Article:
To our knowledge, the rate of change in the size of pediatric vocal fold nodules (VFNs) has not been investigated. Improved understanding of the factors that affect change in VFN size may help to better guide treatment decisions and counselling of families.
To characterize the rate of change in the size of pediatric VFNs over time and to identify which factors affect increased rates of improvement.
Design, Setting, and Participants
Retrospective review of 67 children evaluated in a voice clinic between 2002 and 2011 with a primary diagnosis of VFNs.
No treatment or behavioral modification only (n = 19) vs targeted voice therapy with or without the treatment of associated conditions (gastroesophageal reflux and allergic rhinitis) (n = 45) vs surgical intervention (n = 3).
Main Outcomes and Measures
Change in VFN grade (graded according to a previously validated scale based on size) over time.
Sixty-seven patients with a median (range) age of 6.0 (3.8-20.6) years were analyzed. Median (range) follow-up was 25 (1-119) months. The rate of change in VFN grade over time was significantly associated with large baseline VFN size (P < .001) and targeted voice therapy with or without the management of associated conditions or surgery (P = .01); the association with postpubescent age was not significant (P = .09). The rate of change in VFN grade was not significantly different at 1 and 3 years postbaseline (P = .33).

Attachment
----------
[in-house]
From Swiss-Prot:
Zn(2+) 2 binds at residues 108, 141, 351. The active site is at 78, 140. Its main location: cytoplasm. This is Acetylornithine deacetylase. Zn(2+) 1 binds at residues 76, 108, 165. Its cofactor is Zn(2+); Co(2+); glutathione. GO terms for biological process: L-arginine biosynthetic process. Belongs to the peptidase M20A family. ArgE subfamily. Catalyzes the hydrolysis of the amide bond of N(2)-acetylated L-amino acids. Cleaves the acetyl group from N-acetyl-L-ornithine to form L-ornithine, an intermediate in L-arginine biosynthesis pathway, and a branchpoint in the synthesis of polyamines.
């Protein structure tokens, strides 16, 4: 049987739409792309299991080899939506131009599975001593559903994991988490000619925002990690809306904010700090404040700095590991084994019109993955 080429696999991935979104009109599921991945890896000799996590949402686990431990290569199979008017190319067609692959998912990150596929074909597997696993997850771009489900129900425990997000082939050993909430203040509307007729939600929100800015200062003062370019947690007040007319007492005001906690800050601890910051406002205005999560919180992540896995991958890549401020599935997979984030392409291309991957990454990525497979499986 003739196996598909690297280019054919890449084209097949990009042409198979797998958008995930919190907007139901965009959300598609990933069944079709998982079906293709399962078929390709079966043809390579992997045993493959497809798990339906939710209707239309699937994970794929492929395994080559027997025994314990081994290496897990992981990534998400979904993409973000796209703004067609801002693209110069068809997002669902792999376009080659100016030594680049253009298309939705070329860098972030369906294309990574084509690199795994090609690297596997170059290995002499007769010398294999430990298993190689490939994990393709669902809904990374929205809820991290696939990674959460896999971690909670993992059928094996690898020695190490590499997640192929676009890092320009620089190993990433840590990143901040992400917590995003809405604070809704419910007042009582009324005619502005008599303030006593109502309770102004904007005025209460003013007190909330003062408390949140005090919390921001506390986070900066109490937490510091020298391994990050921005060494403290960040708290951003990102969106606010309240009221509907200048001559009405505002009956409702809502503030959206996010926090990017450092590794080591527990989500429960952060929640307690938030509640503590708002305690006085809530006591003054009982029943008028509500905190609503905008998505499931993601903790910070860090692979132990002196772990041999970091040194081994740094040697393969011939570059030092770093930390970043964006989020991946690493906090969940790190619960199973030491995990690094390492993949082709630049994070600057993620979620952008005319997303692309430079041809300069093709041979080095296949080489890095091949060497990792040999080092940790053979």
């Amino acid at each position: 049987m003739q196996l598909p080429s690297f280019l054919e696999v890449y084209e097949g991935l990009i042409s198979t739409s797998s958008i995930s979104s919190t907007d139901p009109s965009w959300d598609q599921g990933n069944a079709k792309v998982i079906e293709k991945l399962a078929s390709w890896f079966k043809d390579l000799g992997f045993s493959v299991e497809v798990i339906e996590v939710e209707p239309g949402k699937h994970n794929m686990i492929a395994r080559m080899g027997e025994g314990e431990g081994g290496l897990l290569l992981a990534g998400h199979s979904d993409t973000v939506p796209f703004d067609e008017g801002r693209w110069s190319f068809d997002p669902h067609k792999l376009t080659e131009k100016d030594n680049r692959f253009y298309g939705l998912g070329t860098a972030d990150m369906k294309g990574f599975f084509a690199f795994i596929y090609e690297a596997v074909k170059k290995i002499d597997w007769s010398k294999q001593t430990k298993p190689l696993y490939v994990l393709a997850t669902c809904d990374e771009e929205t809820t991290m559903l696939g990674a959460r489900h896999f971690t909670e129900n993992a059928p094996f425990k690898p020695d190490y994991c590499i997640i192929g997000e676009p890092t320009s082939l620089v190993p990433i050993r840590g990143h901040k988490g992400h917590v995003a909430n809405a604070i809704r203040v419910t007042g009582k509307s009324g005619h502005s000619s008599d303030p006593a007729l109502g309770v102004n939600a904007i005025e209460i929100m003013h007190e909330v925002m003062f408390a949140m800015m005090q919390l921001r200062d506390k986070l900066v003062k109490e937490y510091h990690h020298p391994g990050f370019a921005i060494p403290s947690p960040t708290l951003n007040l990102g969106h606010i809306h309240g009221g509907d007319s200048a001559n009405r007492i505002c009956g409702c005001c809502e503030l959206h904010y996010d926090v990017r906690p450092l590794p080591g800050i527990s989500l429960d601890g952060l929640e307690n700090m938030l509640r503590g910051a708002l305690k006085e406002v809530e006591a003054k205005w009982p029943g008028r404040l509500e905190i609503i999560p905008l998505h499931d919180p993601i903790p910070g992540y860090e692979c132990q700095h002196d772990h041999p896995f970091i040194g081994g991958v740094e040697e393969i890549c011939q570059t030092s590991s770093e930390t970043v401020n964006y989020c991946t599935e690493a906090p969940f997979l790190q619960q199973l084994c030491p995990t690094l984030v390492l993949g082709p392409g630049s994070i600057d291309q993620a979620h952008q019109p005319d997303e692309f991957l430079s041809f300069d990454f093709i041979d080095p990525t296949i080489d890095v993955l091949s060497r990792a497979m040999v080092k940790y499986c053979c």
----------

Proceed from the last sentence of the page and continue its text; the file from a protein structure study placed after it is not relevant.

Conclusions and Relevance
Baseline VFN size, treatment, and patient age are important in predicting the rate of improvement in nodule size over time. Rate of change in VFN size is a gradual decrease that is steady over time. This information can be used to help guide treatment decisions and counsel families of children with VFNs regarding expectations for improvement. Additional study is needed to evaluate whether the same factors that influence nodule size similarly influence parental perception of voice and expert perceptual voice analysis.